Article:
Shopping for children’s toys has created a safety nightmare for parents where there used to be none because of the recent recalls on toys containing high levels of lead, GHB, and candy-like magnetic pieces that when swallowed, can cause choking hazards or serious, if not fatal, intestinal injuries. The toys at highest risk seem to be those made in China.
As the holiday season wraps up, the
U.S. Consumer Product Safety Commission
has posted over 700 Toy Hazard Recalls leading many parents to worry about
the where the toy is made and what it is made of. “Anytime a company
brings a banned hazardous product into the US marketplace, especially
one intended for children, it is unacceptable,” said Nancy Nord,
acting chair of the CPSC.
Serious injuries, including one fatality, have occurred as a result of
children swallowing tiny magnets that fall out of Magnetix toy pieces.
reported that “Spin Master recalled about 4.2 million of its Aqua
Dots beads after discovering that the beads’ coating may contain
a chemical that becomes toxic when ingested. Children who swallow the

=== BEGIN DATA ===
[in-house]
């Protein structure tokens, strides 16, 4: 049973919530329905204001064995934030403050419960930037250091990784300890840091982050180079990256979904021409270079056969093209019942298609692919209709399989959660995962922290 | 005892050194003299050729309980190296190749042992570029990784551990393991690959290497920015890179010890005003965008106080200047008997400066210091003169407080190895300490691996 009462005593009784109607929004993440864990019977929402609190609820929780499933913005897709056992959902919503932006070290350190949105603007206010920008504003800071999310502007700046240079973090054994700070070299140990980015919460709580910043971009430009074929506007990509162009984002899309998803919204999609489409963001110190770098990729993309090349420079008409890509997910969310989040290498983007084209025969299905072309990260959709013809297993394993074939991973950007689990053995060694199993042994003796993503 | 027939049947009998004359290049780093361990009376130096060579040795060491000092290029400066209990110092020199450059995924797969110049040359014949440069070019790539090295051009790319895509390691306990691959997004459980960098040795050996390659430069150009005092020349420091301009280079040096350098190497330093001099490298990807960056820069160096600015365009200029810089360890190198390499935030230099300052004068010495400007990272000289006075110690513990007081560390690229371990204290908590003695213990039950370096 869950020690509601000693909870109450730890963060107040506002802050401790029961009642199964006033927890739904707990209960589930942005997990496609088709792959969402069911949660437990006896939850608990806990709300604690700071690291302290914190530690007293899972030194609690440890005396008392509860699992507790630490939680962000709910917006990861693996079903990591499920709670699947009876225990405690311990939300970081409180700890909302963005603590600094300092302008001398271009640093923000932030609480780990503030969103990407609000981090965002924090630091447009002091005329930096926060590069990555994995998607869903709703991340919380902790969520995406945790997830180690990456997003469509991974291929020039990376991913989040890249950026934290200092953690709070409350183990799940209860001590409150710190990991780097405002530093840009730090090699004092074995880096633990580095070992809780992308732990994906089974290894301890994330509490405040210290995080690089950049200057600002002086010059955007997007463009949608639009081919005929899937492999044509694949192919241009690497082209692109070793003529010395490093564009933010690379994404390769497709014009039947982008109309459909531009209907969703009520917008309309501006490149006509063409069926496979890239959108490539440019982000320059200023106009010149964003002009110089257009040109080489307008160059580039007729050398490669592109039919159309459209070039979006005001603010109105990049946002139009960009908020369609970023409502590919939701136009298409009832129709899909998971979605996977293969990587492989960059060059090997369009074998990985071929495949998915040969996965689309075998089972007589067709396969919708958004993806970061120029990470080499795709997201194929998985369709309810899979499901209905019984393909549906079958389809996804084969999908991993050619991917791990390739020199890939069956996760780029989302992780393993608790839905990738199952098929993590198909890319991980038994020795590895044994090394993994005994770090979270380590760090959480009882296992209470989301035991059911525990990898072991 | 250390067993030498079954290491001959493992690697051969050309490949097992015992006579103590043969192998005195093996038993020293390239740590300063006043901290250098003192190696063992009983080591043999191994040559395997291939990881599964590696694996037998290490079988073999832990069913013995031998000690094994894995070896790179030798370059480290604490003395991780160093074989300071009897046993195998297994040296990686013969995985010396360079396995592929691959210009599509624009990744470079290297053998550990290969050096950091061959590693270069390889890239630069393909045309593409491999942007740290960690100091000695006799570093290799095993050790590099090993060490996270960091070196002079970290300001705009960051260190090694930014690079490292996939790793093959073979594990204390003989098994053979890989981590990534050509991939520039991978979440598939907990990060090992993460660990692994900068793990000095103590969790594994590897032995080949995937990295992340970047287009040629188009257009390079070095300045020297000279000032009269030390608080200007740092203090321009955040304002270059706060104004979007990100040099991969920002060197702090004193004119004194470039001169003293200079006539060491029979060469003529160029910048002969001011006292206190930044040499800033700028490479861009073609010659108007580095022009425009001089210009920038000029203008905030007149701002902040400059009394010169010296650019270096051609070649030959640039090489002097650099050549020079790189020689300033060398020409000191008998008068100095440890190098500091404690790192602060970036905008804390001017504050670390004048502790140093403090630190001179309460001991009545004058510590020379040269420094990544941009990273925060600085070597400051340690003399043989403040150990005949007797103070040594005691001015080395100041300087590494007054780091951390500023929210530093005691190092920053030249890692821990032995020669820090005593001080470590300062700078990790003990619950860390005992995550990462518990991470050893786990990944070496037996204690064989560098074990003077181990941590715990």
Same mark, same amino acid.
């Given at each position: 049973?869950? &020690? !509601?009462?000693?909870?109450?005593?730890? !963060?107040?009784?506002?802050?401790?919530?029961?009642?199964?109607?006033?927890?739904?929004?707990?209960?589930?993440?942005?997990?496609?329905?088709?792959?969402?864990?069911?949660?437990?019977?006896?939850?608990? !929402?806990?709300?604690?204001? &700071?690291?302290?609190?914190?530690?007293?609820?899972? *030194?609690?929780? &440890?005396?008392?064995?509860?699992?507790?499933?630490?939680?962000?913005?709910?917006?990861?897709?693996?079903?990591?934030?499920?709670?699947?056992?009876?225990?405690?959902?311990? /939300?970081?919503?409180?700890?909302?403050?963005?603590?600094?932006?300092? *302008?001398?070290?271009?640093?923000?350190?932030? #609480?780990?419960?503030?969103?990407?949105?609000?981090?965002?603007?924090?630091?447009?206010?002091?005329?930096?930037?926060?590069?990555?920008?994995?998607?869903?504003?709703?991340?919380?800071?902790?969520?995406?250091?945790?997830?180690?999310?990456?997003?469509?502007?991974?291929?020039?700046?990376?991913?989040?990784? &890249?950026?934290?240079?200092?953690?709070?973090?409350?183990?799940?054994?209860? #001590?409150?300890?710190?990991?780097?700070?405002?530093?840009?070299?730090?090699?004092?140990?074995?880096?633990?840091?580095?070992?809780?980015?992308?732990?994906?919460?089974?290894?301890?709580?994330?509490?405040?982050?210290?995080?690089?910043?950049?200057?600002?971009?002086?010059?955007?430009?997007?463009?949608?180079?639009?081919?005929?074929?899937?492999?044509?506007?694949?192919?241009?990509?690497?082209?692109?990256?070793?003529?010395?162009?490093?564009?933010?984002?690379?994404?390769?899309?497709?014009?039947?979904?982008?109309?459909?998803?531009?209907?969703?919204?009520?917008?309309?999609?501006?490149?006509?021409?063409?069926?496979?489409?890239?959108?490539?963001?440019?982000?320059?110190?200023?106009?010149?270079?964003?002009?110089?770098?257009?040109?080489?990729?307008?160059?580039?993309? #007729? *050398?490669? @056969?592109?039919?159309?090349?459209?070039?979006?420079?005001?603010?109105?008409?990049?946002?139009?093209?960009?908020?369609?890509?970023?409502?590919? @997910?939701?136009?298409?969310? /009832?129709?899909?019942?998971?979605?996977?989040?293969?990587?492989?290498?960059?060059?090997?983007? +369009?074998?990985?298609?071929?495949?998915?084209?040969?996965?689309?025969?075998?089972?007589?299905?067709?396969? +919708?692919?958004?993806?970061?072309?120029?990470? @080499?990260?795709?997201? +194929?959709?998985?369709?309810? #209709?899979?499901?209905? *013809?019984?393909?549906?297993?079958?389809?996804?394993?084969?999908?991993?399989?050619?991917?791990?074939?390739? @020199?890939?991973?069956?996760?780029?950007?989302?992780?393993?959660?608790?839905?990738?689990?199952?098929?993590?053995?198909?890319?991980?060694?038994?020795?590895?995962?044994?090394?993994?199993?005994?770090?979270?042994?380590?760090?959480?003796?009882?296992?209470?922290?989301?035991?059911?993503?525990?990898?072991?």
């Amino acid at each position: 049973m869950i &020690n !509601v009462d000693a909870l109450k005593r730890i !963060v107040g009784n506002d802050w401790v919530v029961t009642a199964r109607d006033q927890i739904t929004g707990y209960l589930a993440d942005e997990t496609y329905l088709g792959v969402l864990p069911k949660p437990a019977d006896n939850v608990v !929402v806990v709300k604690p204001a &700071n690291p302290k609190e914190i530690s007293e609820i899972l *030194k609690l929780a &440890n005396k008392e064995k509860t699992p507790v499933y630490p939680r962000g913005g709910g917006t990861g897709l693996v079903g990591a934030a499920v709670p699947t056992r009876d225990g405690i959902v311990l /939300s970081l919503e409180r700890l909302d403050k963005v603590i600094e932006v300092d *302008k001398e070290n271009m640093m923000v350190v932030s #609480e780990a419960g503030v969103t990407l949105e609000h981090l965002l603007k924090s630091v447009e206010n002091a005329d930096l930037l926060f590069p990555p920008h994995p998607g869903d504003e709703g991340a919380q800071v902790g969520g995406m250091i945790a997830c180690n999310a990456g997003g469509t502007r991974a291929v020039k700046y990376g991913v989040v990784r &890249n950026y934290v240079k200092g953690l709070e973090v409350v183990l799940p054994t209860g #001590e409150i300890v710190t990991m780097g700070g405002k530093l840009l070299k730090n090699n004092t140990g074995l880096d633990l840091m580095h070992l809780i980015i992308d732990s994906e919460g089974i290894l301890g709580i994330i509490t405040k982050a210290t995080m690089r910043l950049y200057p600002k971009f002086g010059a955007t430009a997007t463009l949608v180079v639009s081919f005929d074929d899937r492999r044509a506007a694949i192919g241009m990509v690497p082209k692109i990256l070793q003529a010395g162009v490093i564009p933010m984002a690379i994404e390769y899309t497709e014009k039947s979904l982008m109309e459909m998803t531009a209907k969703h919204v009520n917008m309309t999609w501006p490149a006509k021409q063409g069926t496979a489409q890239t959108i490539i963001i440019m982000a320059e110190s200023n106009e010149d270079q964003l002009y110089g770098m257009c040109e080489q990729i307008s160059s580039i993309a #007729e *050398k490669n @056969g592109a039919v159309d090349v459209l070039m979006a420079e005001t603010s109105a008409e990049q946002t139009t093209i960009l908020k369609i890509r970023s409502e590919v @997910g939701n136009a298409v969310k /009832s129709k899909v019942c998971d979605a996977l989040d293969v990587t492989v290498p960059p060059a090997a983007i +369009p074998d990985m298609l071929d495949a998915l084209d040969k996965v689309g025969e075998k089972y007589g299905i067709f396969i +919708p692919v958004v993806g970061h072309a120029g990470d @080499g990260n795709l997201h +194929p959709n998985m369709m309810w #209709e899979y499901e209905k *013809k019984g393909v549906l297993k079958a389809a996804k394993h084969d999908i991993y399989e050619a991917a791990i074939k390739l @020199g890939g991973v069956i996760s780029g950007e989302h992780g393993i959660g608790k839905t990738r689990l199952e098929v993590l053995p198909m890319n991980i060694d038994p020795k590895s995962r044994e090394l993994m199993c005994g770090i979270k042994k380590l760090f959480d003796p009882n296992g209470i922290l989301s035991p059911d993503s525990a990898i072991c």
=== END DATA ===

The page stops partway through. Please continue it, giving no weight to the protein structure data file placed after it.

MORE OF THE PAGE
beads can develop respiratory depression, become comatose, or have seizures.”
Carter Keithley, President of the
Toy Industry Association
“Safety is and always has been the number one priority of the U.S.
toy industry. For this holiday season, toy manufacturers and retailers
are re-doubling their efforts. They are testing and retesting toys in
order to reassure consumers in the safety of their products. As a result,
there is more attention and scrutiny being applied to the toys sold in
America than ever before.”
The toy industry has long-held the confidence of parents to develop and
produce items that bring happiness and education to children. Product
recalls affect a parent’s purchase; corporate profitability is suffering.
In 2007, Fisher-Price recalled close to 1 million toys, including Big
Bird and Elmo, because of high levels of lead paint in the products.
Sen. Dick Durbin, IL (D) introduced a bill to dramatically expand the
product safety commission’s ability to protect consumers and to
provide better safety standards for imported products.
Recent NY survey shows some recalled toys still on store shelves. What
can you do to protect your children? Be a conscientious consumer. Look
for posted recalls in the stores where you shop. Search the internet for
recall information. Examine the toys before giving them to your children.
Instruct your children on the proper and intended us of the toy. Read
the labels on toys and take the age recommendations seriously.